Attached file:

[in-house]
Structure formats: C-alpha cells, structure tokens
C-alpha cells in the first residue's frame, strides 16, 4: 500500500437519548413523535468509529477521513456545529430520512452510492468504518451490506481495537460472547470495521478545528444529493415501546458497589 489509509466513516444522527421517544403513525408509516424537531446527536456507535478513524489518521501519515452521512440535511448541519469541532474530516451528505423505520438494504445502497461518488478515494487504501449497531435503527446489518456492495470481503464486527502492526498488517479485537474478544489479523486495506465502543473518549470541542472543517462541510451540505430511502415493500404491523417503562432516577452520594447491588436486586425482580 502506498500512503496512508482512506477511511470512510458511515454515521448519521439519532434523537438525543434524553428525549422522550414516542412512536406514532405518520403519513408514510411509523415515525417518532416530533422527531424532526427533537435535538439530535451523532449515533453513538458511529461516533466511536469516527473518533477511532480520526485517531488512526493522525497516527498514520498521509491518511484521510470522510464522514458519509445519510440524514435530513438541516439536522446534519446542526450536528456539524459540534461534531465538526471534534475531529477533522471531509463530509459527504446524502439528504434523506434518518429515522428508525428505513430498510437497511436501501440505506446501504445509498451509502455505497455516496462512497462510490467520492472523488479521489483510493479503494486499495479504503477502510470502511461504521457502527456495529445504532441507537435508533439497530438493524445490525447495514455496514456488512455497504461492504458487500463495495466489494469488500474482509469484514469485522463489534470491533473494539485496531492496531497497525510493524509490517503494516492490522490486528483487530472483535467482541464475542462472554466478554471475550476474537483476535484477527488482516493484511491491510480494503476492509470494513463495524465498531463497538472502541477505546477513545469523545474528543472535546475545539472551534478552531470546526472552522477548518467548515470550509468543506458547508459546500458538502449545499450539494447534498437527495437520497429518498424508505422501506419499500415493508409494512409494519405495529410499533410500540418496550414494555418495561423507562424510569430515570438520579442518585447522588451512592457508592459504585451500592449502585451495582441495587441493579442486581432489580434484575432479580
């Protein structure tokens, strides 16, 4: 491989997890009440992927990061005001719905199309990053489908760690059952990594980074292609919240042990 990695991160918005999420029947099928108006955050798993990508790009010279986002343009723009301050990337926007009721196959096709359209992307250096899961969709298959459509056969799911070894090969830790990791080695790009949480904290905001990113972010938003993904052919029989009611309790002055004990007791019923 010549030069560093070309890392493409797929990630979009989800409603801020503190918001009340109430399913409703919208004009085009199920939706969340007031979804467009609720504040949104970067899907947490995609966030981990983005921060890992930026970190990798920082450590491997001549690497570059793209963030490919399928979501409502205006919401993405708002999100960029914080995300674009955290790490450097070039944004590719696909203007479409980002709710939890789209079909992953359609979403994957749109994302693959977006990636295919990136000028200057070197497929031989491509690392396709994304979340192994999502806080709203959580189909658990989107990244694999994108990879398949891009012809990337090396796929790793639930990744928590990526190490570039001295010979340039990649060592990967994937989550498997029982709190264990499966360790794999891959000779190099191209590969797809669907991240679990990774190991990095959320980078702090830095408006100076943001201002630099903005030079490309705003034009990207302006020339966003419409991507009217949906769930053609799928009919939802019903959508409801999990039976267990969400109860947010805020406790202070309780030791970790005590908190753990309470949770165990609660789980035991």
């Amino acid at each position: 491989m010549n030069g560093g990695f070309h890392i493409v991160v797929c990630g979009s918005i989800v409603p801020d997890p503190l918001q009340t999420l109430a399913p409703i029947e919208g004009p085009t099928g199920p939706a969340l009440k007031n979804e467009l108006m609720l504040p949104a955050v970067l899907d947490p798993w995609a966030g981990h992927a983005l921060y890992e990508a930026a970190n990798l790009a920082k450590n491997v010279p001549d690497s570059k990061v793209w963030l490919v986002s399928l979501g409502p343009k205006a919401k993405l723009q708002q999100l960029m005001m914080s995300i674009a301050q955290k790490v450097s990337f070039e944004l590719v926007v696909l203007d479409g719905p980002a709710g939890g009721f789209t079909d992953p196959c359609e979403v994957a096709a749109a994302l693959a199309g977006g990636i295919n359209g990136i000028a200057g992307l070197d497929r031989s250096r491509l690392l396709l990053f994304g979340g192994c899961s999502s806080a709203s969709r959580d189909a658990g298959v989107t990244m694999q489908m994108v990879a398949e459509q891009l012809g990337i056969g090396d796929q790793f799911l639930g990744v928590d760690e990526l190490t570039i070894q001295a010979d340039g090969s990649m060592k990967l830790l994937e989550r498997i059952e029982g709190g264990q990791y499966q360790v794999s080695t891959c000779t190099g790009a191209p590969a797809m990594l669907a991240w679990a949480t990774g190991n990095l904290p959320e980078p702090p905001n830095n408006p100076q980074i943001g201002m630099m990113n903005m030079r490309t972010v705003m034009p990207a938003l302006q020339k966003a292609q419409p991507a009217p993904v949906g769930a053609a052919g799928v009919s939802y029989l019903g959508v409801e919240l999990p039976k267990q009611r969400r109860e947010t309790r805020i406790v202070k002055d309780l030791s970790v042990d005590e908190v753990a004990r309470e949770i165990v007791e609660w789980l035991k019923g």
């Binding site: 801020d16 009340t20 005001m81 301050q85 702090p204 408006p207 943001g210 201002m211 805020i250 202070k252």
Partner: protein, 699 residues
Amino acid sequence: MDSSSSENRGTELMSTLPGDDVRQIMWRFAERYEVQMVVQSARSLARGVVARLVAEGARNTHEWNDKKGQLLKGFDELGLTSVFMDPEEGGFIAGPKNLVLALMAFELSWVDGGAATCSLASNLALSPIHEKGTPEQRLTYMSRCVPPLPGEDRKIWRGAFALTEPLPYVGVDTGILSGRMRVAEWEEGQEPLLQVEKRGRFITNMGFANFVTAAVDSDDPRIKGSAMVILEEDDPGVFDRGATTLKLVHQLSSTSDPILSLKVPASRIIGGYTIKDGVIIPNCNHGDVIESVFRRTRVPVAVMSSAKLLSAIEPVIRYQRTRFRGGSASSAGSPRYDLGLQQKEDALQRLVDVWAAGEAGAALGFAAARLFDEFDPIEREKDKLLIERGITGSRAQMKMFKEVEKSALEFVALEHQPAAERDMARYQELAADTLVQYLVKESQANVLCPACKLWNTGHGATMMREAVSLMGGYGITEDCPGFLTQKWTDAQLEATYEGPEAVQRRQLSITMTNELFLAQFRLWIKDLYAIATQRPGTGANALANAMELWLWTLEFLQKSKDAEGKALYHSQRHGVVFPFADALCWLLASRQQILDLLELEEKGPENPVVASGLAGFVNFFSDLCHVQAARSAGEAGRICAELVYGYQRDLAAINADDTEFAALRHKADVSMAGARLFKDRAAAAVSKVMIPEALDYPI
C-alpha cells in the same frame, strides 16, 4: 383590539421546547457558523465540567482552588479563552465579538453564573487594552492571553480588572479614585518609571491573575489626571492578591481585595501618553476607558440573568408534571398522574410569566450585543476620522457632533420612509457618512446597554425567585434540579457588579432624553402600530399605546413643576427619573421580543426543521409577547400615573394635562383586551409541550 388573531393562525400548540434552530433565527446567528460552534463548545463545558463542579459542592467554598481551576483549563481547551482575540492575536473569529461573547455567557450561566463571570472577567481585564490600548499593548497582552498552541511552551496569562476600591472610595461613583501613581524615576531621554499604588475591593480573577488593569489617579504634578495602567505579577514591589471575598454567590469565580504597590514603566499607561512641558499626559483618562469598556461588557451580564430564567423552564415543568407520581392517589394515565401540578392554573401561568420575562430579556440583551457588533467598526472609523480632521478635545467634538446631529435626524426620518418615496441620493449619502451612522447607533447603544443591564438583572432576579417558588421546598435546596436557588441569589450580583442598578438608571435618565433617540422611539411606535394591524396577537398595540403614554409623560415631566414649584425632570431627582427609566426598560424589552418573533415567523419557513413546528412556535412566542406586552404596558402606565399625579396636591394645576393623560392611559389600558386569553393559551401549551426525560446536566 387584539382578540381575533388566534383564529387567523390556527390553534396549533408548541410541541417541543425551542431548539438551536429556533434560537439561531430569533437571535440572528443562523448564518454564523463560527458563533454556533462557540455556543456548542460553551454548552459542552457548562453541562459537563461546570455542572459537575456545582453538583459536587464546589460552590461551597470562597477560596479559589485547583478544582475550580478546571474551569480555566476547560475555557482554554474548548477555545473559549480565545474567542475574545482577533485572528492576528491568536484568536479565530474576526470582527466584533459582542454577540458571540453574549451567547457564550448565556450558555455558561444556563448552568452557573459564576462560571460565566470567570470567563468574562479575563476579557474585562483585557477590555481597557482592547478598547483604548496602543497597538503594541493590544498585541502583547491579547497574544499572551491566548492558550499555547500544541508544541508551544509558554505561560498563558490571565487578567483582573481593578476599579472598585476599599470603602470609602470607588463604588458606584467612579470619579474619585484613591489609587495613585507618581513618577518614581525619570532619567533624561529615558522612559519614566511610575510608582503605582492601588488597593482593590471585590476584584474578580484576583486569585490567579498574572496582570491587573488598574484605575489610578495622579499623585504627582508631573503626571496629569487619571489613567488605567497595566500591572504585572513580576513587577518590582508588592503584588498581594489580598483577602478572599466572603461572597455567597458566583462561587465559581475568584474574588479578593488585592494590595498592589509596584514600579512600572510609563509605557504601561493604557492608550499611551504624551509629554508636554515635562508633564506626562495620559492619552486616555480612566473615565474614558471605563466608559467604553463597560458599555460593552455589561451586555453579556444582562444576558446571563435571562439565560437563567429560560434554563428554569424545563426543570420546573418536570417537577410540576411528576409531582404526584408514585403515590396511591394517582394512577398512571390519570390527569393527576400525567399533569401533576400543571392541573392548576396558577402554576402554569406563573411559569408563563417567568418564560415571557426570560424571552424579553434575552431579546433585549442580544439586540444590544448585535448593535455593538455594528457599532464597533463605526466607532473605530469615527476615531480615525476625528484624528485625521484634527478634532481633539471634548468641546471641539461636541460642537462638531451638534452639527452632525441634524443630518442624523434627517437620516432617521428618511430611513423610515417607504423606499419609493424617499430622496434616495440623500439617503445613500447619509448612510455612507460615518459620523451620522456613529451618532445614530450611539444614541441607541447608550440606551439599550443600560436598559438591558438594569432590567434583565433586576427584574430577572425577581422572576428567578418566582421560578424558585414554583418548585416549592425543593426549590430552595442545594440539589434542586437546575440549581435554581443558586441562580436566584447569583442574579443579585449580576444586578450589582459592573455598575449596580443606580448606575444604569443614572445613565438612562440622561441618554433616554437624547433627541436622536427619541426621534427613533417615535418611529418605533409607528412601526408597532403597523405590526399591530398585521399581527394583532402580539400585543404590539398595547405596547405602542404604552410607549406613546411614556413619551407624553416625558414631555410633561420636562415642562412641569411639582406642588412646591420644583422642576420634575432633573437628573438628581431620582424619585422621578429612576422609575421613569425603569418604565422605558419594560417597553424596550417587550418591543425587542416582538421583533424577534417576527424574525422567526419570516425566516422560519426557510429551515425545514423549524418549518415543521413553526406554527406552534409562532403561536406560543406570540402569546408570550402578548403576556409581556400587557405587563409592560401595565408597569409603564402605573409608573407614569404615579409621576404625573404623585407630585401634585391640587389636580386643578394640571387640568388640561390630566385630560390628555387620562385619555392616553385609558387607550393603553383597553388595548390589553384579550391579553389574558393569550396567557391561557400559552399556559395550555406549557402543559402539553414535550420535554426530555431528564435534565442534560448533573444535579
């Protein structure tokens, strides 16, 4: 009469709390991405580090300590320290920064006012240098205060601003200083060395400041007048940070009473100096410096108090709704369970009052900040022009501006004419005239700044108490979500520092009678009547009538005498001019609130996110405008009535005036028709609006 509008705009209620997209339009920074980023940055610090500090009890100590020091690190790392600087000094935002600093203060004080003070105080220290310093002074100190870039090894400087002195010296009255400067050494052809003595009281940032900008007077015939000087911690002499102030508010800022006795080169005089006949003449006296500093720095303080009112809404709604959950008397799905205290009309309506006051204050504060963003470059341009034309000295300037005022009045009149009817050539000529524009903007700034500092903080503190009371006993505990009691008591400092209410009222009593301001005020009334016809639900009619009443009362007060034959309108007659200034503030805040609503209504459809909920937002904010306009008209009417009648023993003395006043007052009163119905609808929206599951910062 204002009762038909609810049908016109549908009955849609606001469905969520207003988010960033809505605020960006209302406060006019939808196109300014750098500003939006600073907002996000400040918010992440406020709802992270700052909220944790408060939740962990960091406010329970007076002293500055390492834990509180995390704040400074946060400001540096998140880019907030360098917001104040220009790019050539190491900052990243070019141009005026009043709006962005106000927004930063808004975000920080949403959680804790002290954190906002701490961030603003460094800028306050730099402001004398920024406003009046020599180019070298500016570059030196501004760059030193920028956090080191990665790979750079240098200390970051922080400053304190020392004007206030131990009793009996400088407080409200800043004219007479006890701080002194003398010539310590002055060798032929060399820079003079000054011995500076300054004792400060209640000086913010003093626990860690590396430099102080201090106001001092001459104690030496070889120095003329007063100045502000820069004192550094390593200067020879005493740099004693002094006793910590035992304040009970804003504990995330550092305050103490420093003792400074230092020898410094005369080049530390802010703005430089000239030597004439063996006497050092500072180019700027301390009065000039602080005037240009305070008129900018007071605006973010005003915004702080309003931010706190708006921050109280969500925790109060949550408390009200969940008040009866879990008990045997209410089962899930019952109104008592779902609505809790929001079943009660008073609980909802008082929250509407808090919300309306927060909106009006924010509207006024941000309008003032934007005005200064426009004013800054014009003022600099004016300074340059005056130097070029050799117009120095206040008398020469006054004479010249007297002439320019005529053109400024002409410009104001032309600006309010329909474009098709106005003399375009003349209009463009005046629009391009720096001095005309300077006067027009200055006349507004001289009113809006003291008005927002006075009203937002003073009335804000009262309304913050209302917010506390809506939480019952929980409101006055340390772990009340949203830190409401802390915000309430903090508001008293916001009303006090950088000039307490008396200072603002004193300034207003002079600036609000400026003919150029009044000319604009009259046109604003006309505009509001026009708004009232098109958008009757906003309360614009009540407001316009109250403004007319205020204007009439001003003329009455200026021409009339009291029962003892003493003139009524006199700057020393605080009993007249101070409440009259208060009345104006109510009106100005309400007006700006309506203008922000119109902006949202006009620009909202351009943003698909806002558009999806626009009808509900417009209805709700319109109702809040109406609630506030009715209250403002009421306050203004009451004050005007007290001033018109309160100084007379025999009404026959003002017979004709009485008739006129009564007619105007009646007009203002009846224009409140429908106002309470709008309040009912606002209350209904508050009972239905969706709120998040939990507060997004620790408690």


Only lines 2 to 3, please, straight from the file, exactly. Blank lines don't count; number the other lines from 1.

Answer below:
Structure formats: C-alpha cells, structure tokens
C-alpha cells in the first residue's frame, strides 16, 4: 500500500437519548413523535468509529477521513456545529430520512452510492468504518451490506481495537460472547470495521478545528444529493415501546458497589 489509509466513516444522527421517544403513525408509516424537531446527536456507535478513524489518521501519515452521512440535511448541519469541532474530516451528505423505520438494504445502497461518488478515494487504501449497531435503527446489518456492495470481503464486527502492526498488517479485537474478544489479523486495506465502543473518549470541542472543517462541510451540505430511502415493500404491523417503562432516577452520594447491588436486586425482580 502506498500512503496512508482512506477511511470512510458511515454515521448519521439519532434523537438525543434524553428525549422522550414516542412512536406514532405518520403519513408514510411509523415515525417518532416530533422527531424532526427533537435535538439530535451523532449515533453513538458511529461516533466511536469516527473518533477511532480520526485517531488512526493522525497516527498514520498521509491518511484521510470522510464522514458519509445519510440524514435530513438541516439536522446534519446542526450536528456539524459540534461534531465538526471534534475531529477533522471531509463530509459527504446524502439528504434523506434518518429515522428508525428505513430498510437497511436501501440505506446501504445509498451509502455505497455516496462512497462510490467520492472523488479521489483510493479503494486499495479504503477502510470502511461504521457502527456495529445504532441507537435508533439497530438493524445490525447495514455496514456488512455497504461492504458487500463495495466489494469488500474482509469484514469485522463489534470491533473494539485496531492496531497497525510493524509490517503494516492490522490486528483487530472483535467482541464475542462472554466478554471475550476474537483476535484477527488482516493484511491491510480494503476492509470494513463495524465498531463497538472502541477505546477513545469523545474528543472535546475545539472551534478552531470546526472552522477548518467548515470550509468543506458547508459546500458538502449545499450539494447534498437527495437520497429518498424508505422501506419499500415493508409494512409494519405495529410499533410500540418496550414494555418495561423507562424510569430515570438520579442518585447522588451512592457508592459504585451500592449502585451495582441495587441493579442486581432489580434484575432479580